I traveled on the Trans-Siberian Railway from Beijing to Moscow. There were very few people on the train - only three travelers in my car, including myself. Despite the solitary nature of the journey, it was quite enjoyable and I would highly recommend it to anyone who enjoys reading while enjoying fantastic scenery. If, in addition, you have no qualms about surviving on instant noodles for a week, consider yourself prime Trans-Siberian material.
Unless you can speak Russian or Chinese, your best bet is to purchase tickets through a travel agency.
I purchased my tickets through a British company called Real Russia. This worked out rather nicely as I was able to pick up the tickets from their office in Beijing before departure. However, the ticket was quite overpriced at around $1,300. When I picked up the ticket I realized that Real Russia hadn’t purchased the tickets directly from Russian Railways - they had actually purchased it through a Chinese travel agency.
What To Bring
In addition to your typical luggage items, I recommend that you bring the following along for the journey.
Tea and/or Coffee
Onboard each car of the train is a hot-water dispenser known as a samovar.
What better way to use this than for making the world’s best hot drinks? Make sure to bring along a tea pot or French Press.
I took a tea pot and Pu’erh tea which I had purchased in San Francisco. This was great, as I was able to make around 8 cups of tea per day. By the time I got to Moscow, I was so tired of tea that I purchased some coffee immediately after getting off the train.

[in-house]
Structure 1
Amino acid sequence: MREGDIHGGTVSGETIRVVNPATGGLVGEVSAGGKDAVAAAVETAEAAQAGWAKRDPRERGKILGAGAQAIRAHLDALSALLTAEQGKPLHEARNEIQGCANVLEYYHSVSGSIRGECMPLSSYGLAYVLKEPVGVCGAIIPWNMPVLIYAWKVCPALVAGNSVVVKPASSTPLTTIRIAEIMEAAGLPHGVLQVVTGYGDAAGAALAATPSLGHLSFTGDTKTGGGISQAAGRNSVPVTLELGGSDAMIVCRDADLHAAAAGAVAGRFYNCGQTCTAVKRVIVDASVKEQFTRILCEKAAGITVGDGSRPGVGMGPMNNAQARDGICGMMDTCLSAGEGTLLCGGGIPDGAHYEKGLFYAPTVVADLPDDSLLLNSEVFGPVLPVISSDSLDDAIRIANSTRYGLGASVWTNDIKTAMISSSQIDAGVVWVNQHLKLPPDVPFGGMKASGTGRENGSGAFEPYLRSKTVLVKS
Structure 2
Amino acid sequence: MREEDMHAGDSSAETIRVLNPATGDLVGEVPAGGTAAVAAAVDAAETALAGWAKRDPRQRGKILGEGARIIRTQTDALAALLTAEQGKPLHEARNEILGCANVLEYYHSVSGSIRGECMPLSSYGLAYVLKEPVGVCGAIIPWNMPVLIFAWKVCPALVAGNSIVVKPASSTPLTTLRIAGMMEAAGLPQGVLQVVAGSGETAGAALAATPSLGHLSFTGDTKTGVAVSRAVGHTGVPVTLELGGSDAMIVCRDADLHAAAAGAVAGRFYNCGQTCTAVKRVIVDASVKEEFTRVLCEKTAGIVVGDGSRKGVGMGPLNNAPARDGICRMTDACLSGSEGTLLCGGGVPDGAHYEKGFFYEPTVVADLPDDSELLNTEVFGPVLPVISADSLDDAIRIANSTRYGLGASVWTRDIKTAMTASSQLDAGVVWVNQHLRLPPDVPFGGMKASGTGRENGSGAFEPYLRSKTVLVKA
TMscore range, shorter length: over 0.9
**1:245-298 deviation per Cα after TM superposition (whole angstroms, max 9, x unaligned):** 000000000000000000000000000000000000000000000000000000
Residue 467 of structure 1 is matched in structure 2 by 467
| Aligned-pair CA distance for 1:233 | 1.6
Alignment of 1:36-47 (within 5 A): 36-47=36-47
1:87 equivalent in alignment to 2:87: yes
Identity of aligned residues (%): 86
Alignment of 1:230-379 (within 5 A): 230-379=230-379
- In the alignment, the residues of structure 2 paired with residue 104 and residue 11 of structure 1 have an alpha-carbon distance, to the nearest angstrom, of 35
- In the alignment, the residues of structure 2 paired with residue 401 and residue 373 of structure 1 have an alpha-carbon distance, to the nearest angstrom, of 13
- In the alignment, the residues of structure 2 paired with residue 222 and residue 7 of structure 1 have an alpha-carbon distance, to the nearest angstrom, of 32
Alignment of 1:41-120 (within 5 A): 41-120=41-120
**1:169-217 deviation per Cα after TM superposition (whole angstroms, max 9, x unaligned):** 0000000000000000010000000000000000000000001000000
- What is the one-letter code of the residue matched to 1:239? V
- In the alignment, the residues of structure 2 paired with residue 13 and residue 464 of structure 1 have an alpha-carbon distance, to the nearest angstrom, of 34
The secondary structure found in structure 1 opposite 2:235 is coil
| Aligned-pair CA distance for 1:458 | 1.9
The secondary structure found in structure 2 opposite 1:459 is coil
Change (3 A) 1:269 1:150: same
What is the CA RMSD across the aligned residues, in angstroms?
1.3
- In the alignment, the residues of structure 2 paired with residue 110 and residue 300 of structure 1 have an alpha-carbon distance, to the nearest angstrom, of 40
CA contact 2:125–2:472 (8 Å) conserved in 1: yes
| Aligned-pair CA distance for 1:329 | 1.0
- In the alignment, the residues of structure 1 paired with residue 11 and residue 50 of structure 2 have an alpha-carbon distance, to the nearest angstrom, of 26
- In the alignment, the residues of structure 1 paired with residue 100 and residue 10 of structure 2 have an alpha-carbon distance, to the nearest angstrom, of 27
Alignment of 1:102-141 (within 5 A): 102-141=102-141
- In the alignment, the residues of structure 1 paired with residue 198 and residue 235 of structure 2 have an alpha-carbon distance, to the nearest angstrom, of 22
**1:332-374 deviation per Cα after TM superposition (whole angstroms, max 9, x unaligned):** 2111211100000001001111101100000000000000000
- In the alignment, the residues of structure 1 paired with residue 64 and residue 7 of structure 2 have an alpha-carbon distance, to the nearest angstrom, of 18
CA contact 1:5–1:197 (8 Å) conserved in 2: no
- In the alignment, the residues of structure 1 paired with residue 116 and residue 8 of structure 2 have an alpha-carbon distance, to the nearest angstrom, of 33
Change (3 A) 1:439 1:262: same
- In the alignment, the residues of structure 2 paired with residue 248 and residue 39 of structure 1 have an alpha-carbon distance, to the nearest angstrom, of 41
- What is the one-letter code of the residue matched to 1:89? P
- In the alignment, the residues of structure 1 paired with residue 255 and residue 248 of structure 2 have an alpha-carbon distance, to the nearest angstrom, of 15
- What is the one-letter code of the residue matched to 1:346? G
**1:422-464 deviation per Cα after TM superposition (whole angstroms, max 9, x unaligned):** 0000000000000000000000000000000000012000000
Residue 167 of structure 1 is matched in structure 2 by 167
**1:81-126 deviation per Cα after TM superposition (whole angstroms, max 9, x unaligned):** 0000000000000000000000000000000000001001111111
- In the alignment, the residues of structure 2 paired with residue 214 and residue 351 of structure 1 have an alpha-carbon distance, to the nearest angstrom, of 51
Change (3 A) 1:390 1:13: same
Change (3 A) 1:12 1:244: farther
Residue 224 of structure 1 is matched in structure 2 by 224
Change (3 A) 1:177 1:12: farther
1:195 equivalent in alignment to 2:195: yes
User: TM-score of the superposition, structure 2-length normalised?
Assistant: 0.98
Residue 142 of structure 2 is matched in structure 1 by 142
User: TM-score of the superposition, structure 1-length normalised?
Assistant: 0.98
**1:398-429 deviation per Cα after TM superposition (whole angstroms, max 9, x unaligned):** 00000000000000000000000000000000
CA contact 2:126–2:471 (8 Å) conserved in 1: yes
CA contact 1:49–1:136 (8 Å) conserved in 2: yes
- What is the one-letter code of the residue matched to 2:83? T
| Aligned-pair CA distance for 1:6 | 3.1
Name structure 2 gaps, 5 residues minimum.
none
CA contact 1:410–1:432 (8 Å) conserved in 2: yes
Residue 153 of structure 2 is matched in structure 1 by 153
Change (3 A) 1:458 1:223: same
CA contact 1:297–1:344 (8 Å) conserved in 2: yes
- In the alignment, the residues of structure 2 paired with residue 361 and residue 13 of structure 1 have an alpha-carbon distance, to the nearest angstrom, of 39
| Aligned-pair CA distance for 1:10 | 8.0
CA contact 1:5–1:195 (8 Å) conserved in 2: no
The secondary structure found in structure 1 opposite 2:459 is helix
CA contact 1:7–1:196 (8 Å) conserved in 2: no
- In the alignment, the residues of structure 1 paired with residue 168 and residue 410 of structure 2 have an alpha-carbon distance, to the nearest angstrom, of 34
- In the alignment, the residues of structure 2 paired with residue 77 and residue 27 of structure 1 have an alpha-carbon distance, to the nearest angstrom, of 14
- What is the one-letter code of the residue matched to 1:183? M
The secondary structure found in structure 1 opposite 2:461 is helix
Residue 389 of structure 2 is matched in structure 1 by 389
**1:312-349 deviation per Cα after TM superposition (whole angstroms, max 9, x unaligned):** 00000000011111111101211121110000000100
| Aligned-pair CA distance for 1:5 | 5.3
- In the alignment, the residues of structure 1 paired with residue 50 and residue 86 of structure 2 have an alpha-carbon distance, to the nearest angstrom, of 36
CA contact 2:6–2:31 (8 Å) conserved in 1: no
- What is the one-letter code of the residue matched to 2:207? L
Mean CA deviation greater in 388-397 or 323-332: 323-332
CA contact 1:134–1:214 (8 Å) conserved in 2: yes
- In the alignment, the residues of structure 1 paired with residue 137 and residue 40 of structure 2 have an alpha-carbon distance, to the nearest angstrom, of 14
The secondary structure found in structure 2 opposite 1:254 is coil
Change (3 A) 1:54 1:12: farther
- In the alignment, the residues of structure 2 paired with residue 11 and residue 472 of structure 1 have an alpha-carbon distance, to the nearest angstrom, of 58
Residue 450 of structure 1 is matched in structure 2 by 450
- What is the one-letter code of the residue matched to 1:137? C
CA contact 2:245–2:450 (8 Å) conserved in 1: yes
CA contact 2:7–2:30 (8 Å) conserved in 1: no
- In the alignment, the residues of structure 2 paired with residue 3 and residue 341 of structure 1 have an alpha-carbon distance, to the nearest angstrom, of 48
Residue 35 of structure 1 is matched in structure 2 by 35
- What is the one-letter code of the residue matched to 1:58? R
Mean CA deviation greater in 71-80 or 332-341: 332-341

Make sure to bring water with you! The only place on the train that provides drinking water (excluding the samovar) is the dining car.
Although the train has a dining car, I decided to bring my own food along.
In Beijing, I purchased enough instant noodles to last the entire trip, all for about $15. This wonderful food consists of a brick of noodles (like Ramen noodles), a packet of spices, a tube of concentrated oil, and occasionally a packet of dehydrated herbs, vegetables, and tofu. You pour all of this into the included plastic bowl, add some boiling water from the samovar, stir it up with the included plastic spoon, and enjoy. It’s incredibly unhealthy and spicy, but it’s well-suited to the Trans-Siberian journey.
In Erenhot, the Chinese border town, I was able to add some diversity to my diet. While they were changing the bogies on the trains to standard gauge, I popped into the small grocery store at the train station and bought some oranges, grapes, and bread. Thanks to this wise decision I didn’t die of scurvy in the middle of Siberia.
It’s absolutely essential that you bring along some books for the ride. This is a perfect opportunity to knock some items off the list of books you’ve always wanted to read but never quite had the time.
The first book I read was Pattern Recognition, by William Gibson. I picked it up at my favorite used bookstore in Chicago because Gibson wrote one of my favorite books, Neuromancer. Typically, Gibson writes science fiction novels, set in the future. Pattern Recognition is also a science fiction novel, but the interesting thing is that it is set in the present. Gibson makes the present seem like the future, but at the same time stays in bounds of what is currently possible. This quote, also by Gibson, accurately describes the sense I got from reading Pattern Recognition: “The future is here. It’s just not widely distributed yet.”